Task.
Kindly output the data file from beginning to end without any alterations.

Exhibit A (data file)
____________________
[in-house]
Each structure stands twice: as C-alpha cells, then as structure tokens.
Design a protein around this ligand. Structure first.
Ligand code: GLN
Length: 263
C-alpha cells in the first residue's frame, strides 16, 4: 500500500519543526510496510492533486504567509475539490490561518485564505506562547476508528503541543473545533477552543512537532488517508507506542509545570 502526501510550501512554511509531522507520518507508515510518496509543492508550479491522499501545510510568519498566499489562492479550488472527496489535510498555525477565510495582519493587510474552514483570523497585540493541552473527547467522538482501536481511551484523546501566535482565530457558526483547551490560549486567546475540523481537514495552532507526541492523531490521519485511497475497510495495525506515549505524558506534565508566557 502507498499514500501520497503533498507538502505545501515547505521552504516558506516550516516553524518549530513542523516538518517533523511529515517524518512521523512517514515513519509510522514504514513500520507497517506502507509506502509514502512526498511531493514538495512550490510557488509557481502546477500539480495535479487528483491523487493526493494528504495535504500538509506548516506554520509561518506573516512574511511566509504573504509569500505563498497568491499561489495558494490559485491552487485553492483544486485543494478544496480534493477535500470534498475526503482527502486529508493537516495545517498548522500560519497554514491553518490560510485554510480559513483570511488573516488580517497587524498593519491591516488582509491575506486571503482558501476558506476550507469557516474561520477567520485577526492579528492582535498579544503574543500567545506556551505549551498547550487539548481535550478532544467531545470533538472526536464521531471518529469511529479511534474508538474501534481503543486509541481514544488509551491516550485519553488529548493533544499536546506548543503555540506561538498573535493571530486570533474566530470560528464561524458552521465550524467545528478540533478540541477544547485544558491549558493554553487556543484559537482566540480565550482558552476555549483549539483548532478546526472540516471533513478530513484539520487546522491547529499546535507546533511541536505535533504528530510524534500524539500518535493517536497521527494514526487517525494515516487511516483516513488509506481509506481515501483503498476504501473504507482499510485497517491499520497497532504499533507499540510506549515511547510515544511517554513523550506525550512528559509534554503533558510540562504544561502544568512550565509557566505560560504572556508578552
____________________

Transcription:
[in-house]
Each structure stands twice: as C-alpha cells, then as structure tokens.
Design a protein around this ligand. Structure first.
Ligand code: GLN
Length: 263
C-alpha cells in the first residue's frame, strides 16, 4: 500500500519543526510496510492533486504567509475539490490561518485564505506562547476508528503541543473545533477552543512537532488517508507506542509545570 502526501510550501512554511509531522507520518507508515510518496509543492508550479491522499501545510510568519498566499489562492479550488472527496489535510498555525477565510495582519493587510474552514483570523497585540493541552473527547467522538482501536481511551484523546501566535482565530457558526483547551490560549486567546475540523481537514495552532507526541492523531490521519485511497475497510495495525506515549505524558506534565508566557 502507498499514500501520497503533498507538502505545501515547505521552504516558506516550516516553524518549530513542523516538518517533523511529515517524518512521523512517514515513519509510522514504514513500520507497517506502507509506502509514502512526498511531493514538495512550490510557488509557481502546477500539480495535479487528483491523487493526493494528504495535504500538509506548516506554520509561518506573516512574511511566509504573504509569500505563498497568491499561489495558494490559485491552487485553492483544486485543494478544496480534493477535500470534498475526503482527502486529508493537516495545517498548522500560519497554514491553518490560510485554510480559513483570511488573516488580517497587524498593519491591516488582509491575506486571503482558501476558506476550507469557516474561520477567520485577526492579528492582535498579544503574543500567545506556551505549551498547550487539548481535550478532544467531545470533538472526536464521531471518529469511529479511534474508538474501534481503543486509541481514544488509551491516550485519553488529548493533544499536546506548543503555540506561538498573535493571530486570533474566530470560528464561524458552521465550524467545528478540533478540541477544547485544558491549558493554553487556543484559537482566540480565550482558552476555549483549539483548532478546526472540516471533513478530513484539520487546522491547529499546535507546533511541536505535533504528530510524534500524539500518535493517536497521527494514526487517525494515516487511516483516513488509506481509506481515501483503498476504501473504507482499510485497517491499520497497532504499533507499540510506549515511547510515544511517554513523550506525550512528559509534554503533558510540562504544561502544568512550565509557566505560560504572556508578552